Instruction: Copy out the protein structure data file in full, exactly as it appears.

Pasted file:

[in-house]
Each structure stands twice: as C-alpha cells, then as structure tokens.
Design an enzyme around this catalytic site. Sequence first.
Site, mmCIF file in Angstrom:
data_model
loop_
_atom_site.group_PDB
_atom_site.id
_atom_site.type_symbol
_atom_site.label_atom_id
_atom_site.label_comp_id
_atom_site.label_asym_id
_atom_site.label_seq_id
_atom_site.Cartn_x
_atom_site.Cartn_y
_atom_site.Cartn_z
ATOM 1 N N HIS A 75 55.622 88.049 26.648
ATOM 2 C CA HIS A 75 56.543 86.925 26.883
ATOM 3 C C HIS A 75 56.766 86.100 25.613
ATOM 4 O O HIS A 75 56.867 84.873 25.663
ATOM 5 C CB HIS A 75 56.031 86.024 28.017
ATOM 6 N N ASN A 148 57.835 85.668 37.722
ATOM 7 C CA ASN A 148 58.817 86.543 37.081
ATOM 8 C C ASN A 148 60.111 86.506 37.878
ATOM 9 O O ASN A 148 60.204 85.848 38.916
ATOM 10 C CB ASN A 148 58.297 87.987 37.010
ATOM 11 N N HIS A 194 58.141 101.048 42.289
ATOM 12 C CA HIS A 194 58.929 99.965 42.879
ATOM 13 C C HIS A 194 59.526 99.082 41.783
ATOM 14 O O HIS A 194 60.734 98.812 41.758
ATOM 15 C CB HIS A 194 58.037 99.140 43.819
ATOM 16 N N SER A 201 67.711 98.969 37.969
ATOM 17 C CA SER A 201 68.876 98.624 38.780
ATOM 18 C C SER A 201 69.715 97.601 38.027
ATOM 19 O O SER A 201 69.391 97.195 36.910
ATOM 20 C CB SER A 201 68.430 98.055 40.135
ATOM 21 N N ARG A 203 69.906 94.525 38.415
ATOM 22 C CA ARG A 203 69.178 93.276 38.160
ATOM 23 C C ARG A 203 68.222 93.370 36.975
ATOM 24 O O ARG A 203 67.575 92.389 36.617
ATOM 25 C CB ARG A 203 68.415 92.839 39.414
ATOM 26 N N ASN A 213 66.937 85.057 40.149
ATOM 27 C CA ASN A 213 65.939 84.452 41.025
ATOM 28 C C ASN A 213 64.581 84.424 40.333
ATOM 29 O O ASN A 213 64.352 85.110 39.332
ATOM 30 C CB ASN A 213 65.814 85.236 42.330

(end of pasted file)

[in-house]
Each structure stands twice: as C-alpha cells, then as structure tokens.
Design an enzyme around this catalytic site. Sequence first.
Site, mmCIF file in Angstrom:
data_model
loop_
_atom_site.group_PDB
_atom_site.id
_atom_site.type_symbol
_atom_site.label_atom_id
_atom_site.label_comp_id
_atom_site.label_asym_id
_atom_site.label_seq_id
_atom_site.Cartn_x
_atom_site.Cartn_y
_atom_site.Cartn_z
ATOM 1 N N HIS A 75 55.622 88.049 26.648
ATOM 2 C CA HIS A 75 56.543 86.925 26.883
ATOM 3 C C HIS A 75 56.766 86.100 25.613
ATOM 4 O O HIS A 75 56.867 84.873 25.663
ATOM 5 C CB HIS A 75 56.031 86.024 28.017
ATOM 6 N N ASN A 148 57.835 85.668 37.722
ATOM 7 C CA ASN A 148 58.817 86.543 37.081
ATOM 8 C C ASN A 148 60.111 86.506 37.878
ATOM 9 O O ASN A 148 60.204 85.848 38.916
ATOM 10 C CB ASN A 148 58.297 87.987 37.010
ATOM 11 N N HIS A 194 58.141 101.048 42.289
ATOM 12 C CA HIS A 194 58.929 99.965 42.879
ATOM 13 C C HIS A 194 59.526 99.082 41.783
ATOM 14 O O HIS A 194 60.734 98.812 41.758
ATOM 15 C CB HIS A 194 58.037 99.140 43.819
ATOM 16 N N SER A 201 67.711 98.969 37.969
ATOM 17 C CA SER A 201 68.876 98.624 38.780
ATOM 18 C C SER A 201 69.715 97.601 38.027
ATOM 19 O O SER A 201 69.391 97.195 36.910
ATOM 20 C CB SER A 201 68.430 98.055 40.135
ATOM 21 N N ARG A 203 69.906 94.525 38.415
ATOM 22 C CA ARG A 203 69.178 93.276 38.160
ATOM 23 C C ARG A 203 68.222 93.370 36.975
ATOM 24 O O ARG A 203 67.575 92.389 36.617
ATOM 25 C CB ARG A 203 68.415 92.839 39.414
ATOM 26 N N ASN A 213 66.937 85.057 40.149
ATOM 27 C CA ASN A 213 65.939 84.452 41.025
ATOM 28 C C ASN A 213 64.581 84.424 40.333
ATOM 29 O O ASN A 213 64.352 85.110 39.332
ATOM 30 C CB ASN A 213 65.814 85.236 42.330